Certainly every agency with any jurisdiction whatsoever over mountaintop removal mining needs to acknowledge by their actions the published research about the effects of mountaintop removal mining, whether they involve ecological destruction or birth defects.
To help those agencies, and to help legislatures and citizens as well, the National Research Council needs to commission a study of mountaintop removal’s ecological and public health effects in Appalachia.
Some readers of this blog will undoubtedly remain skeptical. But let’s at least be clear about what this study examined and what it found. I’ll quote here from a handy Q and A distributed by the authors.
First, what did they study?
We compared the prevalence of birth defects in mountaintop coal mining areas compared with other coal mining areas and with non-mining areas in central Appalachia. We compared prevalence for two periods of time: 1996-1999 and 2000-2003.
Next, who did they study?
We used secondary data to study all live birth outcomes regarding birth anomalies (defects) for the years 1996 through 2003. We determined mother’s residence relative to county mining type (mountaintop mining, other mining, no mining). We controlled for birth-defect risks including mother’s age, race/ethnic origin, education, smoking and drinking during pregnancy, diabetes, and metro/nonmetro location, infant gender, and low prenatal care.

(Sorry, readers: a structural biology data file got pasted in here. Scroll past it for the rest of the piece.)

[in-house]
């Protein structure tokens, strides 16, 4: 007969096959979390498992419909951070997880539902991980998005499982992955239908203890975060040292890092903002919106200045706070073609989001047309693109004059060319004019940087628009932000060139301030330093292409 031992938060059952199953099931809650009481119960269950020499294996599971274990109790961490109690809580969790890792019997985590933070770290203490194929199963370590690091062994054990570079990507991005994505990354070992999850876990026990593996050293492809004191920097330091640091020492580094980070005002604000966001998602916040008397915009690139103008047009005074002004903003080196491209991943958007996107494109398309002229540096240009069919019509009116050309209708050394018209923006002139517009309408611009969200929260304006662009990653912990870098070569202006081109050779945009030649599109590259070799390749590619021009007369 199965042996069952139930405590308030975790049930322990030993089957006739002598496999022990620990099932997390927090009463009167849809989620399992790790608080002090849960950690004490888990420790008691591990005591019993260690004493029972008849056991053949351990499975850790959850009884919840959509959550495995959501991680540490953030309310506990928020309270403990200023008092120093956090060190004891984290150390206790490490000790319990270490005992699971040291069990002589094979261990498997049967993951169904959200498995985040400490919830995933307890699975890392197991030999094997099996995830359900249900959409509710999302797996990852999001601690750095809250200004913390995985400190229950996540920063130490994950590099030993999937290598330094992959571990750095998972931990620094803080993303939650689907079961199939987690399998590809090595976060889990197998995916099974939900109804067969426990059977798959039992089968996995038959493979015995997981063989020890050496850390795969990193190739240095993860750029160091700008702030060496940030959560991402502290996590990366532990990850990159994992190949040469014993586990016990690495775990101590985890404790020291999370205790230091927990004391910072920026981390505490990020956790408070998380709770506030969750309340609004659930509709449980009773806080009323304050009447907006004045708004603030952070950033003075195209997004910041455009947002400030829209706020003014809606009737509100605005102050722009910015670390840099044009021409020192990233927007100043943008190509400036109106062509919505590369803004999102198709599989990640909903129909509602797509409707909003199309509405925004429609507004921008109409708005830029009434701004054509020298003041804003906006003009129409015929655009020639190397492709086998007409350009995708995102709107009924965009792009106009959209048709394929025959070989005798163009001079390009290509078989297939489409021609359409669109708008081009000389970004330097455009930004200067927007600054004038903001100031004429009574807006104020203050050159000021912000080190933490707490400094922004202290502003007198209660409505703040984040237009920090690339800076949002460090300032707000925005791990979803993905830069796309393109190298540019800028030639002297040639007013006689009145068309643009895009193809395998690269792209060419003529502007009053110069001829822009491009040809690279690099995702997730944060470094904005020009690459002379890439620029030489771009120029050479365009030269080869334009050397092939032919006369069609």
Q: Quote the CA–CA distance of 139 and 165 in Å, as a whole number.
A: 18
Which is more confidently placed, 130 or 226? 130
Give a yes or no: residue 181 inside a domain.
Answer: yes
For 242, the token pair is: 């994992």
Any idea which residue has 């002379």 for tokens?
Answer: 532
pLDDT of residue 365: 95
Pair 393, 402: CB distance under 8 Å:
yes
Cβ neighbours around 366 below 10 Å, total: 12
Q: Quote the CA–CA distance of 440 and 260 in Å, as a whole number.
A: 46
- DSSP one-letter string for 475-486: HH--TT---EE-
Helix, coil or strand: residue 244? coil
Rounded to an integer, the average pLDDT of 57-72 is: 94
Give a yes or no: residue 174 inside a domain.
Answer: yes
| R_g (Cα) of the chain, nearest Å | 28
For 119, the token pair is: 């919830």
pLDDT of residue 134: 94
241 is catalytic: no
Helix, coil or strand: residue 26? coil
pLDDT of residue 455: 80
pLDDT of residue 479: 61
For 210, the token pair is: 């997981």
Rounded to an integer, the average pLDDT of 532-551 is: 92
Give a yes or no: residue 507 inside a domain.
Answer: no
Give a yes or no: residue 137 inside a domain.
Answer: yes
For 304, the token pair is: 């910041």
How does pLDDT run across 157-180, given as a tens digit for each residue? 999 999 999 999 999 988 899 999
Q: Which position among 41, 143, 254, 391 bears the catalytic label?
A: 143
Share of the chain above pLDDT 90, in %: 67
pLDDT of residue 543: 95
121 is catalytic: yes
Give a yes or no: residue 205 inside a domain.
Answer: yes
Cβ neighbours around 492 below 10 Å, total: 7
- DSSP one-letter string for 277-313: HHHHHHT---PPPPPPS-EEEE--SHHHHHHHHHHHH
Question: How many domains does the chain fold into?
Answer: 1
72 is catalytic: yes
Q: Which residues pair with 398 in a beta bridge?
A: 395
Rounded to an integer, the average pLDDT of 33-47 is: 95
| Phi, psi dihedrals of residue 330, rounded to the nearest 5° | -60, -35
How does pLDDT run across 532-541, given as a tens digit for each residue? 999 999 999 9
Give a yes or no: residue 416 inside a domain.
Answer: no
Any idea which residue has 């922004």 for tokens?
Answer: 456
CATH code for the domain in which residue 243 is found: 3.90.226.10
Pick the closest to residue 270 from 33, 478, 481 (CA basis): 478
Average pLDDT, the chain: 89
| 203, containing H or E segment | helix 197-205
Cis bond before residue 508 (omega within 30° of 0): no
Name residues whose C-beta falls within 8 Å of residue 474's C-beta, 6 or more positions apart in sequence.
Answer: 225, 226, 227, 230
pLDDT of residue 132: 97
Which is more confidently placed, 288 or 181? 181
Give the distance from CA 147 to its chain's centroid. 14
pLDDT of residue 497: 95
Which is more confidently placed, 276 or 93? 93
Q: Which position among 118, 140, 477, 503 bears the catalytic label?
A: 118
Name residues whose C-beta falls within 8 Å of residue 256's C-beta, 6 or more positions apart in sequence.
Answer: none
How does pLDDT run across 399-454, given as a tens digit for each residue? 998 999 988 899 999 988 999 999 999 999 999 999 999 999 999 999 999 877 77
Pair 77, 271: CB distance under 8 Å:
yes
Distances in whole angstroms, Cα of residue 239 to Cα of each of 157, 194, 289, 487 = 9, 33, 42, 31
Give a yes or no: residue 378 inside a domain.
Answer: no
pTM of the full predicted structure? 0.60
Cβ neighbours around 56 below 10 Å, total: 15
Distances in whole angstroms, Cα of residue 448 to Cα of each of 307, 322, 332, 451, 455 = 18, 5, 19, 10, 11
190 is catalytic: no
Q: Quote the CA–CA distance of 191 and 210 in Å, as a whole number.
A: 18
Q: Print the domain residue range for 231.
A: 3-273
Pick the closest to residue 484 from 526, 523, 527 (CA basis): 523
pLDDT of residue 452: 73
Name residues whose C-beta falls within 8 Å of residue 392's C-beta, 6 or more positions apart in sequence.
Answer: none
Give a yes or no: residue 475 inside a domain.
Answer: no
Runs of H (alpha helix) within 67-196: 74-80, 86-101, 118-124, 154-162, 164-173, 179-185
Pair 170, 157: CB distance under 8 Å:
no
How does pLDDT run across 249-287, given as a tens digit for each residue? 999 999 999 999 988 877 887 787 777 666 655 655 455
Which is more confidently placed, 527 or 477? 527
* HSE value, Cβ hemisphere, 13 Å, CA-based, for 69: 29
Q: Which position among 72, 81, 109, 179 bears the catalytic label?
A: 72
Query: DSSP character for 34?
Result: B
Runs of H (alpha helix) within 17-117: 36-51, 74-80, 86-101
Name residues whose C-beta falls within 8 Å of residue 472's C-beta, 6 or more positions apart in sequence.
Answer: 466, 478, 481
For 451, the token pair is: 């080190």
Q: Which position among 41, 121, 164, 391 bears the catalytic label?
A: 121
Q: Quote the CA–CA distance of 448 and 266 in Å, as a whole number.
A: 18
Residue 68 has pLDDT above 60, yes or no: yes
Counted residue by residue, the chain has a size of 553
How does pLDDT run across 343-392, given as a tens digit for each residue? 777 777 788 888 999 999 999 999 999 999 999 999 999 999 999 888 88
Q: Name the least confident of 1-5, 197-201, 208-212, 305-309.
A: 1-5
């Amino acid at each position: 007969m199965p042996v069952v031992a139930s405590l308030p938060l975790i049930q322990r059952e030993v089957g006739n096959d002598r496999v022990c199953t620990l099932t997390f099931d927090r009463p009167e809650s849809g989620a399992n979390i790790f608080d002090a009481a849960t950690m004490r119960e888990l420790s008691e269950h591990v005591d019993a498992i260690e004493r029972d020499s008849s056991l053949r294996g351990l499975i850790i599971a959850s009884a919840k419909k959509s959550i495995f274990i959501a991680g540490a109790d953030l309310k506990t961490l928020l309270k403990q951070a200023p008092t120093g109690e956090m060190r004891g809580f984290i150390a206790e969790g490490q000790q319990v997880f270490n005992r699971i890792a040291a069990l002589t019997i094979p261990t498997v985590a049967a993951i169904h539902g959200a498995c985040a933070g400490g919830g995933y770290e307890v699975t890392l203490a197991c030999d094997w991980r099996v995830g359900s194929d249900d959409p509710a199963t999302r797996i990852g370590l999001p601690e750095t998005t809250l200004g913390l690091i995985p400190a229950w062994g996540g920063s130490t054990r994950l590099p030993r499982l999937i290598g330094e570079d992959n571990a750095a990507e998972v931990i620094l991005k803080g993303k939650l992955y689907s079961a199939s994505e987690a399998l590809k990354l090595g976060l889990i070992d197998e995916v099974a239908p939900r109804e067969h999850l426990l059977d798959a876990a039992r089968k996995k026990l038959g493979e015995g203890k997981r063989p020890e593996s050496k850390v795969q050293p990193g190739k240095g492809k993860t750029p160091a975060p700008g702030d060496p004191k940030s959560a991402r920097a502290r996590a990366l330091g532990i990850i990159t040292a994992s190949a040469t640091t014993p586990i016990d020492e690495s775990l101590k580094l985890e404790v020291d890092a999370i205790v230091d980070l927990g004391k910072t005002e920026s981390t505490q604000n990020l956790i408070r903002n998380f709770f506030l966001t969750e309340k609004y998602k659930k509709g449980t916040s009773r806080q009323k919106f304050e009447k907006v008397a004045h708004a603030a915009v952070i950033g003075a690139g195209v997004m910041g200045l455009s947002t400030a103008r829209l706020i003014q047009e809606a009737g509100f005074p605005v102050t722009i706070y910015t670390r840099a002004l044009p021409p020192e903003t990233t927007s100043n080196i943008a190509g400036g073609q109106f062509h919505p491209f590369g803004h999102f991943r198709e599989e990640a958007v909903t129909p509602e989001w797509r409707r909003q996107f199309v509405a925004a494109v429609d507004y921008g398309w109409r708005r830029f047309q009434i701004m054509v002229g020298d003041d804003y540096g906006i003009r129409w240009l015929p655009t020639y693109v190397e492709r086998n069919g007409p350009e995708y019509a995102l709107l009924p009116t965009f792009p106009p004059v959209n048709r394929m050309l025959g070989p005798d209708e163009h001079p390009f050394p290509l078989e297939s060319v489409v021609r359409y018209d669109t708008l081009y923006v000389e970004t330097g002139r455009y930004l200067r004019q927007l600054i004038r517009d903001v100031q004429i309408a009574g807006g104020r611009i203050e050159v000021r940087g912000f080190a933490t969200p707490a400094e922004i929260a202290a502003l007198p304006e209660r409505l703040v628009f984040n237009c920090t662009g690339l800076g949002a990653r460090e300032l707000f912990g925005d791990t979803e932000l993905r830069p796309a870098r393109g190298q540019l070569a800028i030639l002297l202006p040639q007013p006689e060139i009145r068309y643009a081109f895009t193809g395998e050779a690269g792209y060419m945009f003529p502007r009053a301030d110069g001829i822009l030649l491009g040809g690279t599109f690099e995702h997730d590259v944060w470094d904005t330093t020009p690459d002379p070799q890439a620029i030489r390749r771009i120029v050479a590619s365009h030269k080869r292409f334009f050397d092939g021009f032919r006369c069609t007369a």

What did they find?
— We found significantly higher prevalence rates for birth defects in mountaintop mining areas vs. other mining areas and non-mining areas.
— Birth defects were significantly higher in mountaintop mining areas vs. non-mining areas for six of seven types of defects: circulatory/respiratory, central nervous system, musculoskeletal, gastrointestinal, urogenital, and ‘other’.
— Overall, the prevalence rate for any defect was significant in both periods (1996-1999 and 2000-2003), but was higher in the more recent period (2000-2003). The overall rate of birth defects was 13 percent higher in the earlier period, and increased to 42 percent higher in the later period.
— Mountaintop mining in one county contributes to birth-defect prevalence rates in surrounding counties.
What are the most important conclusions of this study?
Elevated birth defect rates are partly a function of socioeconomic disadvantage, but remain elevated after controlling for those risks, suggesting that environmental influences in mountaintop mining areas may be contributing factors to elevated birth defect rates. Findings are consistent with research showing greater land, water, and air disturbance occurring in mountaintop mining areas.
Let’s be very, very clear on that last part:
Elevated birth defect rates are partly a function of socioeconomic disadvantage, but remain elevated after controlling for those risks, suggesting that environmental influences in mountaintop mining areas may be contributing factors to elevated birth defect rates.
Why is this study important?
A growing body of studies of the association between residence in coal-mining areas and health outcomes have found significant associations between coal-mining areas and a variety of chronic disease problems for adults, after controlling for other disease risk factors. Research related to infants has found that mothers residing in coal mining areas are more likely to have a low-birth-weight infant. This study extends that research, showing that mountaintop mining areas are associated with elevated levels of birth defect prevalence rates. These prevalence rates have risen in more recent years.
Finally, what are the implications of this study?
This study contributes to the growing evidence that mountaintop mining is done at substantial expense to the environment, to local economies, and to human health.